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GNR 1892 Express Engine

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GNR 1892 Express Engine GNR 1892 Express Engine GNR 1892 Express Engine

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GNR 1892 Express Engine

EXPRESS LOCOMOTIVE, GREAT NORTHERN RAILWAY

It is not to be supposed that the Great Northern express traffic is worked entirely by the outside-cylinder engines, which have already been illustrated in our pages, albeit Mr, Stirling’s engines with 8ft. drivers have earned a worldwide reputation. For many years inside-cylinder engines have played an important part on the line, and Mr. Stirling has found it worthwhile to perpetuate this type. Our supplement this week illustrates, through the courtesy of Mr. Stirling, one of these engines. This particular locomotive illustrated was built in 1885, but precisely similar engines are being built and put to work now as the traffic demands them. We give above a smaller view, which shows the engine and tender together. The wheel base of these engines is long, but they work a road which is free from sharp curves, and the traverse of the loading axle, and the play of the flanges, are found to give all the required freedom.

We give a section of one of the leading boxes, which explains itself.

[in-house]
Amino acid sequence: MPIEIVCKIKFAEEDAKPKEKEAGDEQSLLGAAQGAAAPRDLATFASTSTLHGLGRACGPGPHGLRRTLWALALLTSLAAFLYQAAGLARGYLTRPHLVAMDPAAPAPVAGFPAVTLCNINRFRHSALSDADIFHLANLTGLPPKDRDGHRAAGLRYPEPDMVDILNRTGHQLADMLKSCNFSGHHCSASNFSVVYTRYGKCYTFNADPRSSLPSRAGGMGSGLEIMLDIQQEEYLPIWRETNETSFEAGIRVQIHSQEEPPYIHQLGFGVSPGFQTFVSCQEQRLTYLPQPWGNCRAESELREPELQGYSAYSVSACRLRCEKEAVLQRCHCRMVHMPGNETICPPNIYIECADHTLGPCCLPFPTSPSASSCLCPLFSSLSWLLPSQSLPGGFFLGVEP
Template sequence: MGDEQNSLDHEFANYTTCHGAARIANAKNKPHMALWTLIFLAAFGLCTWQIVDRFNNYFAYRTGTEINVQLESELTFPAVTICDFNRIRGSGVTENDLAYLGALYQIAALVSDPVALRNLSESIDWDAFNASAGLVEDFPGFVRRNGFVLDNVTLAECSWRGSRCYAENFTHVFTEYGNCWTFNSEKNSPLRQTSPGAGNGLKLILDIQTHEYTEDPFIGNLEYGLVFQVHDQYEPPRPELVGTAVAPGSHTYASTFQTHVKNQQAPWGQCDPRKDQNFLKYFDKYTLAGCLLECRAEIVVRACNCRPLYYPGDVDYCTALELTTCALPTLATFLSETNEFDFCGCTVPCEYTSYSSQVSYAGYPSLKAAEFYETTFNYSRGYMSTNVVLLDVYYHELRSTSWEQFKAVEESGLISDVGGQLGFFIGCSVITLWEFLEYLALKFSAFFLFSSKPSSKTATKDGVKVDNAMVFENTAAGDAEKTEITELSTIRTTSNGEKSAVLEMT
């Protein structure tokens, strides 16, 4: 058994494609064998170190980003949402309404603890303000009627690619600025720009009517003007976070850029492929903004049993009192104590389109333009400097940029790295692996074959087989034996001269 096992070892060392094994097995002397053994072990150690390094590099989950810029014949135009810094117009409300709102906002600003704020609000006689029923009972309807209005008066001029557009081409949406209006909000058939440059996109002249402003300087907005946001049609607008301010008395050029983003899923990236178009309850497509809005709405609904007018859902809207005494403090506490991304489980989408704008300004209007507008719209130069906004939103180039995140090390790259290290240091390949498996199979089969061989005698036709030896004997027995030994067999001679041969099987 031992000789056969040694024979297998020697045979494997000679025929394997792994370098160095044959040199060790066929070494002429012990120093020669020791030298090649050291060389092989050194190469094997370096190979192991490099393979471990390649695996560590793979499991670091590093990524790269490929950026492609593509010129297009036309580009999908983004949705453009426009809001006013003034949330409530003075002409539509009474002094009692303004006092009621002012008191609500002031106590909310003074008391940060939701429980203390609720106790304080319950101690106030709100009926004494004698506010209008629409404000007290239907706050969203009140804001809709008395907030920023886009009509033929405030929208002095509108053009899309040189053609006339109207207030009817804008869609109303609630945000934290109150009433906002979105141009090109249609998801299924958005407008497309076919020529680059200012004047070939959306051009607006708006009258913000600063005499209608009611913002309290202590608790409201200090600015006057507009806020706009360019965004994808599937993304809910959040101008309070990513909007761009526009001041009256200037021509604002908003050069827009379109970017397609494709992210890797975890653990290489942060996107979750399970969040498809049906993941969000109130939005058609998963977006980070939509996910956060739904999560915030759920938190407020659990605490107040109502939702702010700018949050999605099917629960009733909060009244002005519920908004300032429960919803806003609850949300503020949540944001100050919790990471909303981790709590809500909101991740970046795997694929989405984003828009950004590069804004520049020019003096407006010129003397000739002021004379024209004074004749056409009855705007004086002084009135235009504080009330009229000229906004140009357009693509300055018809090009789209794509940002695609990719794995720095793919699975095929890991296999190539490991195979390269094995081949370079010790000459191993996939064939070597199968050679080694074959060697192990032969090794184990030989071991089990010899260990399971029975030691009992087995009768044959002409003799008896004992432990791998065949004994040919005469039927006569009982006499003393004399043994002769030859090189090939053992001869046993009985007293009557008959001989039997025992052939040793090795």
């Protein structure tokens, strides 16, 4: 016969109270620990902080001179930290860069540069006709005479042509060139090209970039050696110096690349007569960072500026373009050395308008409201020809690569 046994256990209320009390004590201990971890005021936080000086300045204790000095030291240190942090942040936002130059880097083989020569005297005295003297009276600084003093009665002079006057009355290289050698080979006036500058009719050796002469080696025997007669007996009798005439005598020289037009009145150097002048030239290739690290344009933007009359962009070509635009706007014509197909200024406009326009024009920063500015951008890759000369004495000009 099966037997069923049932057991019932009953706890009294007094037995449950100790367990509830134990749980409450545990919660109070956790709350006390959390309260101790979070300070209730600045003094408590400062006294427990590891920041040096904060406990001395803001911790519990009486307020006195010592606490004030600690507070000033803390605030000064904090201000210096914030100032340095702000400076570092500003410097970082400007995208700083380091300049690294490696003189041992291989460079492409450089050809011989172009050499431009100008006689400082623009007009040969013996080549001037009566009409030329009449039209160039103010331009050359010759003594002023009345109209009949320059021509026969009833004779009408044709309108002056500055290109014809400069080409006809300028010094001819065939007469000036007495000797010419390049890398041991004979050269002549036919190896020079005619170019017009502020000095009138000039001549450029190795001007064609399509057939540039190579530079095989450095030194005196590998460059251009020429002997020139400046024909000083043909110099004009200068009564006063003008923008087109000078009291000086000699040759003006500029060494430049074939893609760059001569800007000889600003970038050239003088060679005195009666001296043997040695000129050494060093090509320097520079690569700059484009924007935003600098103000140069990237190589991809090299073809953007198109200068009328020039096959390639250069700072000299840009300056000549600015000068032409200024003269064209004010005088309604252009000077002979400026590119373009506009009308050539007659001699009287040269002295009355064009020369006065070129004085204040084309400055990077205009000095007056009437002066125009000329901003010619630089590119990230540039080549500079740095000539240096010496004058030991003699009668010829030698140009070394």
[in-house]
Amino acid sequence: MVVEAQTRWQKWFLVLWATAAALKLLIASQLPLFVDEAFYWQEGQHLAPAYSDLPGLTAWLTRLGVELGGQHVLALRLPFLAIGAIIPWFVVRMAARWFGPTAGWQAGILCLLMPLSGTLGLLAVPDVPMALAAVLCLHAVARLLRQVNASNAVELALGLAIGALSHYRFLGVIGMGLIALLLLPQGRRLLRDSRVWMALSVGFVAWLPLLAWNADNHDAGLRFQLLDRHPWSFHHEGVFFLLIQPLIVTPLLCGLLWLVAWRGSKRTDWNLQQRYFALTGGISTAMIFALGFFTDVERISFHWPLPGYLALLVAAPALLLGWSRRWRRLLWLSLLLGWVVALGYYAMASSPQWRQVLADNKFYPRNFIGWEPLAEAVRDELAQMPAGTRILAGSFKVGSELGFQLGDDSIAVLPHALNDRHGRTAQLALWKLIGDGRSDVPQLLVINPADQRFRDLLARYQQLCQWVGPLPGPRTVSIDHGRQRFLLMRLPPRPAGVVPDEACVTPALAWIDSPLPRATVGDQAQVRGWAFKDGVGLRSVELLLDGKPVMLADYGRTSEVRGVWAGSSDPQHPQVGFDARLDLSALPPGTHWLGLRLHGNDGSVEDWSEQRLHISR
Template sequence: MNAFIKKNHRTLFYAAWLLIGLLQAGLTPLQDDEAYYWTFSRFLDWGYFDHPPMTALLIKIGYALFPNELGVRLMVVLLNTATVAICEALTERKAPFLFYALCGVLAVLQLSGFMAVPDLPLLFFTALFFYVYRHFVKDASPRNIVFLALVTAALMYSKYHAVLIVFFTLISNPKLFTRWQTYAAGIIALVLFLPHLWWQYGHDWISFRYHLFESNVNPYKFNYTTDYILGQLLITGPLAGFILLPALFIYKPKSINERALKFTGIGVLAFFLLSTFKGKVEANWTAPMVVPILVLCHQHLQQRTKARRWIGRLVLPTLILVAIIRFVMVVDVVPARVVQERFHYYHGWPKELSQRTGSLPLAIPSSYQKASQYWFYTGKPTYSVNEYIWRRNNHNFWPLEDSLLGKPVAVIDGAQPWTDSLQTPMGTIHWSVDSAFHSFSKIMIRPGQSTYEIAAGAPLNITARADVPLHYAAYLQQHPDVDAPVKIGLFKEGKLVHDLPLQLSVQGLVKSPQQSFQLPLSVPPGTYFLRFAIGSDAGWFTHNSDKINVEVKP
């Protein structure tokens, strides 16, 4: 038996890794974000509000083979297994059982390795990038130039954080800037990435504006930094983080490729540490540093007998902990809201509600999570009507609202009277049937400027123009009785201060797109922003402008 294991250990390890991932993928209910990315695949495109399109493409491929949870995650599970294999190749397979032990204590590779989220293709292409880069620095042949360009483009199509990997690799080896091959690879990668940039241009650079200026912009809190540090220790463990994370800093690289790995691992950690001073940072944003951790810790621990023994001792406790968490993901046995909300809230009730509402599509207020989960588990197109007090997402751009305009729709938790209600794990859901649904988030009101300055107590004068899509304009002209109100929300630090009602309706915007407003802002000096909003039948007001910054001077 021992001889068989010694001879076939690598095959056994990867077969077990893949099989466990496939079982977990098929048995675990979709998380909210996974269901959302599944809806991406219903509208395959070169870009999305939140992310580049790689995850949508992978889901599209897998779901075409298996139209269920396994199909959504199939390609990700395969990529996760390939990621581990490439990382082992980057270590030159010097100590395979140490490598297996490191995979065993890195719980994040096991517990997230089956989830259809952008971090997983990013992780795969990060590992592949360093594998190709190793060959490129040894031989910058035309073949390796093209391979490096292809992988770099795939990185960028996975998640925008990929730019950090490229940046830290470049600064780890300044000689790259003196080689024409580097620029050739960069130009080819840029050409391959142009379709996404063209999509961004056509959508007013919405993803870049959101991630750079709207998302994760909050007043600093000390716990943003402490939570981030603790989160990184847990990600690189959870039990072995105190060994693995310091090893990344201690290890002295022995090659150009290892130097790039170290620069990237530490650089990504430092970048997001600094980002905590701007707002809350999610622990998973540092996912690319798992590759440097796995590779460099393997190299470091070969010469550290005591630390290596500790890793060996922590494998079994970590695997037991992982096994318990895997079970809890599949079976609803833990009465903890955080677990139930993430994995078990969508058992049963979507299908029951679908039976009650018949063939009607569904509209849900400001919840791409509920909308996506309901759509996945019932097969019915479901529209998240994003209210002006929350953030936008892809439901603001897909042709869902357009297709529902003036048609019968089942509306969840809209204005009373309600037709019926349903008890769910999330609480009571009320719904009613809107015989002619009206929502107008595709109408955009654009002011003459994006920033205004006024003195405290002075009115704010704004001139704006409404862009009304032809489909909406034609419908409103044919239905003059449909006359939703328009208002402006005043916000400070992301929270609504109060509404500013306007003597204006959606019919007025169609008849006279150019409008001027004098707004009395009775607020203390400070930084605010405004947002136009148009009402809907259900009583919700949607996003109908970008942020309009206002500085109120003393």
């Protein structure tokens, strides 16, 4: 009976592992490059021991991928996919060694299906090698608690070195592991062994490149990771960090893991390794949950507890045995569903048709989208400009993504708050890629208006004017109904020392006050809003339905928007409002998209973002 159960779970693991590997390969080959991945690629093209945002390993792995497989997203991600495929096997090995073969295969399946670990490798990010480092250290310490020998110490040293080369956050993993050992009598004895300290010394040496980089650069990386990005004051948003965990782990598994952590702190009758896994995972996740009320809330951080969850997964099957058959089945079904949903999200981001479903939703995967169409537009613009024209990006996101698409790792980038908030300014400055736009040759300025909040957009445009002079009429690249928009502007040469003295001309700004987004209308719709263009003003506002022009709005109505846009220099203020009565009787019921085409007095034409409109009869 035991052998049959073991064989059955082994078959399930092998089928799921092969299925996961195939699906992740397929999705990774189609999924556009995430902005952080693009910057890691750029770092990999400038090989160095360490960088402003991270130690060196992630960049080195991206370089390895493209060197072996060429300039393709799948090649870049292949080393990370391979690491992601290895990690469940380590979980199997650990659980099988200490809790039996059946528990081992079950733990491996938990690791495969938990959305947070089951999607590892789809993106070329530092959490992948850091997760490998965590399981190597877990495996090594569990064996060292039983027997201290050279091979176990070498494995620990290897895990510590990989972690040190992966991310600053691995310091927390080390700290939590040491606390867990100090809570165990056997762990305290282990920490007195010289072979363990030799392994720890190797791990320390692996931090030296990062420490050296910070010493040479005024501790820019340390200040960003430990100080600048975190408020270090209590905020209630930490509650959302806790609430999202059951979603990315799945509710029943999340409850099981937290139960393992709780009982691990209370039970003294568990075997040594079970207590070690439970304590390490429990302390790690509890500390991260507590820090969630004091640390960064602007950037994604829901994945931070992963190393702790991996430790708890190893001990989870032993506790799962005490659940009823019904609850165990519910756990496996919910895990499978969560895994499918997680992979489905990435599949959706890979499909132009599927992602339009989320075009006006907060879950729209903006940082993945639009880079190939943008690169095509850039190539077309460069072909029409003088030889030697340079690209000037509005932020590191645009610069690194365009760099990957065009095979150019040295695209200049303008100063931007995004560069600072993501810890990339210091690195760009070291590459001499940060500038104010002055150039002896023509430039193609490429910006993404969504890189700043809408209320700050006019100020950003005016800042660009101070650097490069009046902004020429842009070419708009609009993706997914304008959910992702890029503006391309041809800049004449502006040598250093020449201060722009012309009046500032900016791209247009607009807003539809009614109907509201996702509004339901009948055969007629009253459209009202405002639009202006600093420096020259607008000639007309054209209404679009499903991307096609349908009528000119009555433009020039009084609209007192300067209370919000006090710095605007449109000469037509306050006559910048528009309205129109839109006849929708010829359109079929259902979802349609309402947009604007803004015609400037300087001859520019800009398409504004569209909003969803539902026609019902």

The principal dimensions of these fine engines are as follows:—

 

Diameter of cylinders 18½ in.
Stroke 26 in.
Diameter of driving wheel 7ft. 7½ in.
Diameter of boiler (telescopic) 4ft. 2in. and 4ft. outside.
Boiler pressure 160 lb per sq. in.
Length of barrel 11ft. 5in.
Length of fire-box casing 6ft. 2in.
Number of tubes 186
Diameter of tubes 1¾ in.
Heating surface in tubes 1001 sq ft.
Heating surface in firebox 108.7 sq. ft.
Grate area 18.4 sq. ft.
Weight on leading wheels 12 tons 4 cwt.
Weight on driving wheels 17 tons 8 cwt.
Weight on trailing wheels 11 tons 1 cwt.
Total weight 40 tons 13 cwt.
Total weight of tender 38 tons 10 cwt.
Total weight of engine and tender 70 tons 3 cwt.

 

 

 

During a recent trial, to ascertain the exact consumption of fuel, when hauling some of the quickest trains it was found that it consumed 30.6 lb. of best South Yorkshire coal per mile run, and four pints of oil per 100 miles run. The average weight of the trains hauled was 177.6 tons. The booked speed of these trains is considerably over fifty miles an hour ; so this performance is remarkably excellent.

 

 

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